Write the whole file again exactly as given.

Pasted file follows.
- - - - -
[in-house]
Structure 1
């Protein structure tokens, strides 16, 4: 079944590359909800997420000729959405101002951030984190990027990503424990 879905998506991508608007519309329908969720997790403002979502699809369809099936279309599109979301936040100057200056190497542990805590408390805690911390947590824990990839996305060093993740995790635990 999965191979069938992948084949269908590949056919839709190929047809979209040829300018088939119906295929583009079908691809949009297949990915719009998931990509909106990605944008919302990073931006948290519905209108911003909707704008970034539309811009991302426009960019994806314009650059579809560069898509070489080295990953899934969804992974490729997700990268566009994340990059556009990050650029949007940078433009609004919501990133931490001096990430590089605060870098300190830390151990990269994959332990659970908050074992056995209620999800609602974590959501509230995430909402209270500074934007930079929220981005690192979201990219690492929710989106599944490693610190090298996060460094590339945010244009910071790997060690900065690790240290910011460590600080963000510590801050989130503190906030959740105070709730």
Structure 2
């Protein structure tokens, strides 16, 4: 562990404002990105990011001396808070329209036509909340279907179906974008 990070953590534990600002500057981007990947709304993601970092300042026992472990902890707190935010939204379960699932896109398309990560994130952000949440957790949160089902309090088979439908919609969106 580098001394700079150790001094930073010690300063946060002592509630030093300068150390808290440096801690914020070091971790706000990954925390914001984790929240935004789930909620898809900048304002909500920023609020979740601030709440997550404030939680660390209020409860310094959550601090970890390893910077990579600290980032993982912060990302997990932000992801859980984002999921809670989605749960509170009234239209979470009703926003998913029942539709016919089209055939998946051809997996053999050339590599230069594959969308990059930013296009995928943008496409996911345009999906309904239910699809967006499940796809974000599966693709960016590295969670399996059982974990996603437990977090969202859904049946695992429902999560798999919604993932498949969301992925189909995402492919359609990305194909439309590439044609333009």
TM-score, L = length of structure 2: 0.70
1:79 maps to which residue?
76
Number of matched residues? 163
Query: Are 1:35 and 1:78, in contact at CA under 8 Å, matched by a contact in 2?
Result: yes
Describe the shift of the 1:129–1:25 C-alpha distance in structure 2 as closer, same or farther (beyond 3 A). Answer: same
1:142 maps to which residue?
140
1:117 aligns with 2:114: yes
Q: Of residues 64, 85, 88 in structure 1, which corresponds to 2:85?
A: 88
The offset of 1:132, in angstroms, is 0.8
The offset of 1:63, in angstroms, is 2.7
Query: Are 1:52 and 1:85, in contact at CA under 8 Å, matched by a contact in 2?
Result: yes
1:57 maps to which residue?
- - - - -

[in-house]
Structure 1
């Protein structure tokens, strides 16, 4: 079944590359909800997420000729959405101002951030984190990027990503424990 879905998506991508608007519309329908969720997790403002979502699809369809099936279309599109979301936040100057200056190497542990805590408390805690911390947590824990990839996305060093993740995790635990 999965191979069938992948084949269908590949056919839709190929047809979209040829300018088939119906295929583009079908691809949009297949990915719009998931990509909106990605944008919302990073931006948290519905209108911003909707704008970034539309811009991302426009960019994806314009650059579809560069898509070489080295990953899934969804992974490729997700990268566009994340990059556009990050650029949007940078433009609004919501990133931490001096990430590089605060870098300190830390151990990269994959332990659970908050074992056995209620999800609602974590959501509230995430909402209270500074934007930079929220981005690192979201990219690492929710989106599944490693610190090298996060460094590339945010244009910071790997060690900065690790240290910011460590600080963000510590801050989130503190906030959740105070709730």
Structure 2
């Protein structure tokens, strides 16, 4: 562990404002990105990011001396808070329209036509909340279907179906974008 990070953590534990600002500057981007990947709304993601970092300042026992472990902890707190935010939204379960699932896109398309990560994130952000949440957790949160089902309090088979439908919609969106 580098001394700079150790001094930073010690300063946060002592509630030093300068150390808290440096801690914020070091971790706000990954925390914001984790929240935004789930909620898809900048304002909500920023609020979740601030709440997550404030939680660390209020409860310094959550601090970890390893910077990579600290980032993982912060990302997990932000992801859980984002999921809670989605749960509170009234239209979470009703926003998913029942539709016919089209055939998946051809997996053999050339590599230069594959969308990059930013296009995928943008496409996911345009999906309904239910699809967006499940796809974000599966693709960016590295969670399996059982974990996603437990977090969202859904049946695992429902999560798999919604993932498949969301992925189909995402492919359609990305194909439309590439044609333009």
TM-score, L = length of structure 2: 0.70
1:79 maps to which residue?
76
Number of matched residues? 163
Query: Are 1:35 and 1:78, in contact at CA under 8 Å, matched by a contact in 2?
Result: yes
Describe the shift of the 1:129–1:25 C-alpha distance in structure 2 as closer, same or farther (beyond 3 A). Answer: same
1:142 maps to which residue?
140
1:117 aligns with 2:114: yes
Q: Of residues 64, 85, 88 in structure 1, which corresponds to 2:85?
A: 88
The offset of 1:132, in angstroms, is 0.8
The offset of 1:63, in angstroms, is 2.7
Query: Are 1:52 and 1:85, in contact at CA under 8 Å, matched by a contact in 2?
Result: yes
1:57 maps to which residue?